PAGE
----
I have done so many things that I never would have been able to do had I not gone to the Academy and the summer is only half way done! Here’s a little taste of what I have been doing during my summer so far:
The week before finals started, the women’s dinghy team (including myself) competed in the qualifiers for women’s semi-finals. We sailed our hardest and qualified! It was awesome for our young team to be able to do this – we consist mainly of all 4/c and 3/c and one 2/c. In my division, I competed as the skipper with my crew being fellow blogger Christi Frost. We placed 4th in our division! Now that we qualified we had a lot of work to do before heading to St. Petersburg for the semi-finals. For the next two weeks we trained here at the Academy as well as down in Maryland with St. Mary’s College and the U.S. Naval Academy. In those two weeks I learned a lot and we all felt we were very prepared for the competition. After the two weeks of practice, we headed down to Florida, hoping to qualify for Nationals. We arrived at the site; there was little wind and extreme heat. It was a stressful two days and we sailed our hardest, but we did not qualify. The team was upset, but we are motivated to try our best and go to Nationals next year!
After returning to the Academy, Christi and I began our Phase I summer assignment – ocean racing! Ocean racing consists of sailing a J44 (Glory) in an ocean race and a few buoy races. Since both have us had missed two weeks of ocean racing due to practicing for semi-finals, we had a lot to learn. We had a week before the team was going to transit to Annapolis. The week flew by and soon we were packing up the boat and leaving New London for Maryland. The night before we left, everyone on the team was staring at the weather – our transit was going to be a rough one. There was going to be heavy winds (25-30 knots) and 8-10 foot seas. The next three days were challenging. Within five hours, our mainsail ripped and had to be taken down – meaning we would have to motor the rest of the way down to Annapolis. Most of us were not feeling well and the rocking waves were not helping. Eventually we put up a storm sail and our smallest jib in order to help ease the rocking. We eventually made it to the Delaware Bay where the seas calmed and it was a much easier transit to Annapolis. As we saw the town, I was never more excited to see land.
We stayed in Annapolis for a few days – preparing the boat for the Annapolis-Newport Race that would begin on Friday, June 7th. Again, we were watching the weather – the first tropical storm of the season was supposed to hit Annapolis right when our race was going to begin. Just our luck! The race committee decided to postpone the start and so we started four hours late. We still would sail in tropical storm force winds though! We started the race and wind gradually increased. During the middle of the night, we saw wind speeds over 30 knots. We were moving super fast! We raced down the Chesapeake with about 40 other sailboats. In the middle of the night all you could see were a few lights on their masts. By daytime we were out of the Chesapeake and in the ocean. There was very little breeze and it was really sunny – a welcome change from the stormy night. At that point we were 2nd in our division! For the rest of the race we sailed in the Atlantic. We saw almost every type of weather. We saw rain, hail, sun, wind, no wind and every combination of these things. The best thing about the race for me was that we were alone on the ocean and it was one of the most beautiful things in the world. During the day, all I could see was the water on the horizon for miles and miles. We saw so many cool animals during the day, there were turtles, a shark, a whale jumping out of the water and at one point a pod of dolphins played in our wake for about a mile. But my favorite was the nighttime. During the night you could see the dark sea and the stars and the moon. The stars were the brightest I have ever seen and they were everywhere. There were also a ton of shooting stars. We could see everything in the night sky. It was then that you could truly feel how small you are. It is so hard to describe the awesomeness of this experience; I wish I could just show you all.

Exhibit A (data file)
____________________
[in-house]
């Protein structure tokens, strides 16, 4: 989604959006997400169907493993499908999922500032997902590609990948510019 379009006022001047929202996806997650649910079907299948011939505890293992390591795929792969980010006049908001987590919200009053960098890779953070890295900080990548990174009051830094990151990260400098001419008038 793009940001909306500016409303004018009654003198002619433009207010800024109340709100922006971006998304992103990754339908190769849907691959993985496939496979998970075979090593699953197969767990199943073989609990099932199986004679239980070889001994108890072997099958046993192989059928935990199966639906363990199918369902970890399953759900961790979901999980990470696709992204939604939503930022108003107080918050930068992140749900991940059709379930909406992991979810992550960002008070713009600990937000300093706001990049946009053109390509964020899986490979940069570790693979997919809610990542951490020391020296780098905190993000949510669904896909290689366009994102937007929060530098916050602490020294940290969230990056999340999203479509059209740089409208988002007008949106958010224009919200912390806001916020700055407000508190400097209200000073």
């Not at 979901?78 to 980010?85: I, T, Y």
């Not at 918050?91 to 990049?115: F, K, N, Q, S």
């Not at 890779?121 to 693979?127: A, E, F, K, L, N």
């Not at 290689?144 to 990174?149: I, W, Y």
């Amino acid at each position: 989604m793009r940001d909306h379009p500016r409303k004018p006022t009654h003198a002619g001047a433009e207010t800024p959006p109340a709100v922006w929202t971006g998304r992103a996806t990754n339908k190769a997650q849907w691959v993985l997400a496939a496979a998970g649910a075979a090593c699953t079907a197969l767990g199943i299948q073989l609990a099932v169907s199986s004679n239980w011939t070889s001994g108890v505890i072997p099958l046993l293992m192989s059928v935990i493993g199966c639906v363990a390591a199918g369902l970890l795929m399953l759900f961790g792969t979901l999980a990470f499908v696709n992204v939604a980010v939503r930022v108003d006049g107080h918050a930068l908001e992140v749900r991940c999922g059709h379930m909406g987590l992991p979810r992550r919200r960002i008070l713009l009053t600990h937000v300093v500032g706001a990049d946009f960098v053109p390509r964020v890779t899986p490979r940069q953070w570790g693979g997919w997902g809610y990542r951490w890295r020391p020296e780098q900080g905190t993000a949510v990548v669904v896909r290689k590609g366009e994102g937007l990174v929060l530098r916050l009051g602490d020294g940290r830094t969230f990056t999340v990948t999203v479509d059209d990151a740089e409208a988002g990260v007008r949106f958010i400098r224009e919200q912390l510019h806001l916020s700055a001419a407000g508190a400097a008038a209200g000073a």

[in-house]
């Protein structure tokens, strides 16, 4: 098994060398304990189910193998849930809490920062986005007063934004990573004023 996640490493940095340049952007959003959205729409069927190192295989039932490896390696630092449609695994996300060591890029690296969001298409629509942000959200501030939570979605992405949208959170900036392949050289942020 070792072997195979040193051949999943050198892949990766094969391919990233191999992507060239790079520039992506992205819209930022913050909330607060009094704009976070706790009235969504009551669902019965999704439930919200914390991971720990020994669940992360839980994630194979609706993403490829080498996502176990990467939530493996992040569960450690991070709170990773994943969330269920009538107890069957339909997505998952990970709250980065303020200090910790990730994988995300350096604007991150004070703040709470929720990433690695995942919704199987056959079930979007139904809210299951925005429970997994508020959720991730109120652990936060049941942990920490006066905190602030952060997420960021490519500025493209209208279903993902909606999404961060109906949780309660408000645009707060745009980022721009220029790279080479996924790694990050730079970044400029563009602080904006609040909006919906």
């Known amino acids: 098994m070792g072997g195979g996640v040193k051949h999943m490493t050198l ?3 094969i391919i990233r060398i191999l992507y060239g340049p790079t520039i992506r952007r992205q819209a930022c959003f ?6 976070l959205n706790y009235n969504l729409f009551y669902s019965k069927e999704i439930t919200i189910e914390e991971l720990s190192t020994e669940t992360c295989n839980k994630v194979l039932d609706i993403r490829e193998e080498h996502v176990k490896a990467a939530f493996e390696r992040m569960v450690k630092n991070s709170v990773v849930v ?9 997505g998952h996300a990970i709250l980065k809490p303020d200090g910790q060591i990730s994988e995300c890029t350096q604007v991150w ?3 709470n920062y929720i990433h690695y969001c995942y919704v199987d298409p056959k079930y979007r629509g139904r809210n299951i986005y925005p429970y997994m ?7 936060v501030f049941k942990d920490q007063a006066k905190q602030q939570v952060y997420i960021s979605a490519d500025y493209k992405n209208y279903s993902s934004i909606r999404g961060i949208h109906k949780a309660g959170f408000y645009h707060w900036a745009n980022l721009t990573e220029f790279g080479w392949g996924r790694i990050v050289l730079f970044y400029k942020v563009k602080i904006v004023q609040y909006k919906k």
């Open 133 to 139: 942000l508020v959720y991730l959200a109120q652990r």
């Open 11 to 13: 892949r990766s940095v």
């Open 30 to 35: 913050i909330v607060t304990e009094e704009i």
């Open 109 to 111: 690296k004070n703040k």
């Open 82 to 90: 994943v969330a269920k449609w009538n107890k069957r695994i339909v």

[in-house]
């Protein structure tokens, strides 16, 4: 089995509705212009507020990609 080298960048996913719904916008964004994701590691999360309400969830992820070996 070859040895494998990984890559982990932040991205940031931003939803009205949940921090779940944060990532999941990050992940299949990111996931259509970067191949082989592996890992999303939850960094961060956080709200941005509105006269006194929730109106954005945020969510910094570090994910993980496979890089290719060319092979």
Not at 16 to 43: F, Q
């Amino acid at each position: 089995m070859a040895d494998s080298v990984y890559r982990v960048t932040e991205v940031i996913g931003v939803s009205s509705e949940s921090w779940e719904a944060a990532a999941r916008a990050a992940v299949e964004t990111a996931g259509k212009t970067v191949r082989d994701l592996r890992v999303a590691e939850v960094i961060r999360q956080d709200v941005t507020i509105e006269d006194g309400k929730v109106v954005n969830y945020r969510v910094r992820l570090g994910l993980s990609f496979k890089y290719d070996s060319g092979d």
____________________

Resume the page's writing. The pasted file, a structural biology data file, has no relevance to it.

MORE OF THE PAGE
The last 12 hours of the race were definitely the hardest. The wind picked up and we hit a storm. Our boat was heeled over so much that the lifelines were in the water most of the time. We were frustrated that we were so close to land but it was taking so long. It was raining and we were cold and ready to take a long, hot shower. We finally finished the race at 0755 on Tuesday, June 11th.
That race was one of the most fun and memorable experiences I have ever had. I saw some of the most beautiful things, I learned a lot, and I got to do one of my favorite things – sail. So far this summer has been amazing and I cannot wait for the rest of my summer! For the next two weeks I will be doing buoy races on Glory. And then I will spend four weeks of USCGC Eagle where we will go to Bermuda, St. Pierre, Halifax and then Boston. I hope everyone is having an awesome summer!
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